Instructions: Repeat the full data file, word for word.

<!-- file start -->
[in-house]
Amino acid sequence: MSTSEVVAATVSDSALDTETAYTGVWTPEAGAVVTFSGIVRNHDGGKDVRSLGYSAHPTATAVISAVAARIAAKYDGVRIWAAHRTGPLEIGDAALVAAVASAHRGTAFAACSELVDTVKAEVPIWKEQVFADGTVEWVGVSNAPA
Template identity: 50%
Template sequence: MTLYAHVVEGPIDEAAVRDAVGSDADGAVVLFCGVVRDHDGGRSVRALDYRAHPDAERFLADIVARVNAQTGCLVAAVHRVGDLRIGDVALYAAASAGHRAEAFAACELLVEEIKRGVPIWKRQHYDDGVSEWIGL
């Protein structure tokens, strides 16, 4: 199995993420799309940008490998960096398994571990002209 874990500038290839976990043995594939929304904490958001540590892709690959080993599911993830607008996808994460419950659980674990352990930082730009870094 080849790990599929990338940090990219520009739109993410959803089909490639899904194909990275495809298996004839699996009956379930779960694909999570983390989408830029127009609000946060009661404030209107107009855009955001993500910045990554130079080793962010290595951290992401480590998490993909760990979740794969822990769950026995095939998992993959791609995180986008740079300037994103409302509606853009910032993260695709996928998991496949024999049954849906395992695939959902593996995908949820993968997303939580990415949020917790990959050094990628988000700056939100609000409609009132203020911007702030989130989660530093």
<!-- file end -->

[in-house]
Amino acid sequence: MSTSEVVAATVSDSALDTETAYTGVWTPEAGAVVTFSGIVRNHDGGKDVRSLGYSAHPTATAVISAVAARIAAKYDGVRIWAAHRTGPLEIGDAALVAAVASAHRGTAFAACSELVDTVKAEVPIWKEQVFADGTVEWVGVSNAPA
Template identity: 50%
Template sequence: MTLYAHVVEGPIDEAAVRDAVGSDADGAVVLFCGVVRDHDGGRSVRALDYRAHPDAERFLADIVARVNAQTGCLVAAVHRVGDLRIGDVALYAAASAGHRAEAFAACELLVEEIKRGVPIWKRQHYDDGVSEWIGL
């Protein structure tokens, strides 16, 4: 199995993420799309940008490998960096398994571990002209 874990500038290839976990043995594939929304904490958001540590892709690959080993599911993830607008996808994460419950659980674990352990930082730009870094 080849790990599929990338940090990219520009739109993410959803089909490639899904194909990275495809298996004839699996009956379930779960694909999570983390989408830029127009609000946060009661404030209107107009855009955001993500910045990554130079080793962010290595951290992401480590998490993909760990979740794969822990769950026995095939998992993959791609995180986008740079300037994103409302509606853009910032993260695709996928998991496949024999049954849906395992695939959902593996995908949820993968997303939580990415949020917790990959050094990628988000700056939100609000409609009132203020911007702030989130989660530093």